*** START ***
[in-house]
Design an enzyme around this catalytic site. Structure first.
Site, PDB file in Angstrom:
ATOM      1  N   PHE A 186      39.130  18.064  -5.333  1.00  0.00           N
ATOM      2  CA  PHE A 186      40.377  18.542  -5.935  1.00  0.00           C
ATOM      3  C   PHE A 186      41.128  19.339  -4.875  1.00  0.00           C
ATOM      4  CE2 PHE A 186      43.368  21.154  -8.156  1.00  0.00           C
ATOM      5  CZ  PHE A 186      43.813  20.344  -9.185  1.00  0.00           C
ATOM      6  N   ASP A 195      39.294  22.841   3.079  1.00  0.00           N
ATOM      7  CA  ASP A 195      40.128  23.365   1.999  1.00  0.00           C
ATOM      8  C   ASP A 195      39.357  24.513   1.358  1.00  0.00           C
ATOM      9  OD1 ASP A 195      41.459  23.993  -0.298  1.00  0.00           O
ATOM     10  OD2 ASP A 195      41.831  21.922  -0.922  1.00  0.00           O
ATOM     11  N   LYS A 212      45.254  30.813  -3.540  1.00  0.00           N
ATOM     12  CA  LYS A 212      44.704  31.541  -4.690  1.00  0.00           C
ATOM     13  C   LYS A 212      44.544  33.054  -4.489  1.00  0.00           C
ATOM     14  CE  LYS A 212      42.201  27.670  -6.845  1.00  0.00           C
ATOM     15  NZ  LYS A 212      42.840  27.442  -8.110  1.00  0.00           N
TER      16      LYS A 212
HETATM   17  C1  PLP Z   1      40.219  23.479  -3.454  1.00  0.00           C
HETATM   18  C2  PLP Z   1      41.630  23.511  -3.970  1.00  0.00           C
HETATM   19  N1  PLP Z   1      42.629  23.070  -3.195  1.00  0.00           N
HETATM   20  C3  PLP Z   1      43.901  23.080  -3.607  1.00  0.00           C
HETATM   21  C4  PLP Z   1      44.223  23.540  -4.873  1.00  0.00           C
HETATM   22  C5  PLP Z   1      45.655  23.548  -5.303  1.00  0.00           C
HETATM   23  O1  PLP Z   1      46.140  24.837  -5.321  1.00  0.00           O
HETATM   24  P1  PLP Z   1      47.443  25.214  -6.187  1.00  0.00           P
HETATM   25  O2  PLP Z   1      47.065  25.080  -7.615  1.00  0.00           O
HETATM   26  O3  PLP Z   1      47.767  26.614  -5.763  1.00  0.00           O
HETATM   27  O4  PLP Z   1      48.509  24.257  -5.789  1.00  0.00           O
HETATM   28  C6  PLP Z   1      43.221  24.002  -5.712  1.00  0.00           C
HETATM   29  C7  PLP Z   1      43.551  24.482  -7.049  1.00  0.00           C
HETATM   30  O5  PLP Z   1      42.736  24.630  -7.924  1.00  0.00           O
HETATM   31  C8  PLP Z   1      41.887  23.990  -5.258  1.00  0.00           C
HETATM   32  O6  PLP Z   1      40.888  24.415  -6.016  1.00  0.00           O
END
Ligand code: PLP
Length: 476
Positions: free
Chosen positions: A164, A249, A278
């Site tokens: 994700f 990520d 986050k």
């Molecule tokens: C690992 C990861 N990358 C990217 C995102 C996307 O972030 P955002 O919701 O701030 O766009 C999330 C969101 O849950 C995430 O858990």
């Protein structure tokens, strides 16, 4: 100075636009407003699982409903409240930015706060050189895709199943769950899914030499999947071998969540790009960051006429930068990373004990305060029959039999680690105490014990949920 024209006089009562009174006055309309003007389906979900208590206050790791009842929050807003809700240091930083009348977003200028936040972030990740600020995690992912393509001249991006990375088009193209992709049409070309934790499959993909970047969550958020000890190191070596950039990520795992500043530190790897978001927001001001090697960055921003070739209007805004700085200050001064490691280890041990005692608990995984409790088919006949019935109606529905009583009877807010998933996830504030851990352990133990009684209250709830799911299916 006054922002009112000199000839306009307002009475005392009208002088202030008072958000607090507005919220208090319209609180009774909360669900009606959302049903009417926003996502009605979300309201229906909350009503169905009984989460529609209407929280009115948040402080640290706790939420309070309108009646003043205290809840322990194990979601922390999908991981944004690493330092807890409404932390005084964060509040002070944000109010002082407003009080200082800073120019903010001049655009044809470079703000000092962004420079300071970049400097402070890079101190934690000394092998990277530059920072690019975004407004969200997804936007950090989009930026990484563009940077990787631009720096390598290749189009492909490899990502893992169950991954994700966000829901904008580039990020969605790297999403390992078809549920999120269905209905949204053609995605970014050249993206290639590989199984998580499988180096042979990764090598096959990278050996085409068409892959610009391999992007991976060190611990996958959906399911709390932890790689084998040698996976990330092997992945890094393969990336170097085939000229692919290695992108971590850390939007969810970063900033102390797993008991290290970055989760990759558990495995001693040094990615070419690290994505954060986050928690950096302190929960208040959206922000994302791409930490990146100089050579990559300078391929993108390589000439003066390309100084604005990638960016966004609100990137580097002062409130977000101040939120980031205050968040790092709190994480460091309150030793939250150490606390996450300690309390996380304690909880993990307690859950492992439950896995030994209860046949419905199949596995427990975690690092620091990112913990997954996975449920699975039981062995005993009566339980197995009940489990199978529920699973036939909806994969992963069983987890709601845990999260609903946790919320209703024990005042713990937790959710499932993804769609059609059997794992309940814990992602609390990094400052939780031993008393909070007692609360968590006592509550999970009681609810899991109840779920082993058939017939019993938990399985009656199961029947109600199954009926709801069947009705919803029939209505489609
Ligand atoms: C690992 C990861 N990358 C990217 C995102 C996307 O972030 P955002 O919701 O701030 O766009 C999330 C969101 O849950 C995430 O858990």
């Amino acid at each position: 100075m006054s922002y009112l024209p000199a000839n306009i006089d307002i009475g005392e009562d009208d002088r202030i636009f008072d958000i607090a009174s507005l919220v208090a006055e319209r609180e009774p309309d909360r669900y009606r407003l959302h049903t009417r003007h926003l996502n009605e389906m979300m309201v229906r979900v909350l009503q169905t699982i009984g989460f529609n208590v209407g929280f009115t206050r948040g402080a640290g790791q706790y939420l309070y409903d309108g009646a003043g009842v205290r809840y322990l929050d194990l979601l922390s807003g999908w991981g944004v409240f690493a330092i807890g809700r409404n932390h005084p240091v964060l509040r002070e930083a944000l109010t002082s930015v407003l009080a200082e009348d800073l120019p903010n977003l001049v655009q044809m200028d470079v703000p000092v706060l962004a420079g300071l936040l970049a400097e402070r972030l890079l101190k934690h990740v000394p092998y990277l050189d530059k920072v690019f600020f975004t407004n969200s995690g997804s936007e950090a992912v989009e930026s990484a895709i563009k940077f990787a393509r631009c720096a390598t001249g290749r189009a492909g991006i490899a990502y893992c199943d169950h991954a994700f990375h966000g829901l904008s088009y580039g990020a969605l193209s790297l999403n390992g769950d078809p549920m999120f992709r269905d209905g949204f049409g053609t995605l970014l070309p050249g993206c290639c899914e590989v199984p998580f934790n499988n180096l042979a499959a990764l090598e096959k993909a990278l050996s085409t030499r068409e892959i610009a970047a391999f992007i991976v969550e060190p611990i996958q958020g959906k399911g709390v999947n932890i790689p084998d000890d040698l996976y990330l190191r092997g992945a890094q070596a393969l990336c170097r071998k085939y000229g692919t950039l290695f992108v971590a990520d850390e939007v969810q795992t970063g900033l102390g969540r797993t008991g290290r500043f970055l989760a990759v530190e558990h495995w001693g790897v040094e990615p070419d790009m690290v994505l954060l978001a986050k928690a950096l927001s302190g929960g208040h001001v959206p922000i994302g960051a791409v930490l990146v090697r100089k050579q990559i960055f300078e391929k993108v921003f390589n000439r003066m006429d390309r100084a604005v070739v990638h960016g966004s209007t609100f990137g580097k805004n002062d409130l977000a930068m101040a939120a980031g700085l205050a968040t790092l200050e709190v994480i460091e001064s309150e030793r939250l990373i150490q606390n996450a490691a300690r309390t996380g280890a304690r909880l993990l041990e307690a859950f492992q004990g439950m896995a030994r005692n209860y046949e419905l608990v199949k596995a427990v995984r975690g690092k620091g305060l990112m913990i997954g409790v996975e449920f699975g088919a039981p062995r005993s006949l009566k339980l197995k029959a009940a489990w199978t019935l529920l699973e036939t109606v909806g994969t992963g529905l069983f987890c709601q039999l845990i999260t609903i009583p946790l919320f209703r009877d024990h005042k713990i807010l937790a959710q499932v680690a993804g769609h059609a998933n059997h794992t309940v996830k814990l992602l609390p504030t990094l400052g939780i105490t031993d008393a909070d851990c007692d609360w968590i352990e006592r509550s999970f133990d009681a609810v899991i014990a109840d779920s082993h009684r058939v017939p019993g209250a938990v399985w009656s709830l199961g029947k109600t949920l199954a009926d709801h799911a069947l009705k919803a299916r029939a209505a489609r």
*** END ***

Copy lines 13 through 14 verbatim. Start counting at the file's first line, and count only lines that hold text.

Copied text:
ATOM     10  OD2 ASP A 195      41.831  21.922  -0.922  1.00  0.00           O
ATOM     11  N   LYS A 212      45.254  30.813  -3.540  1.00  0.00           N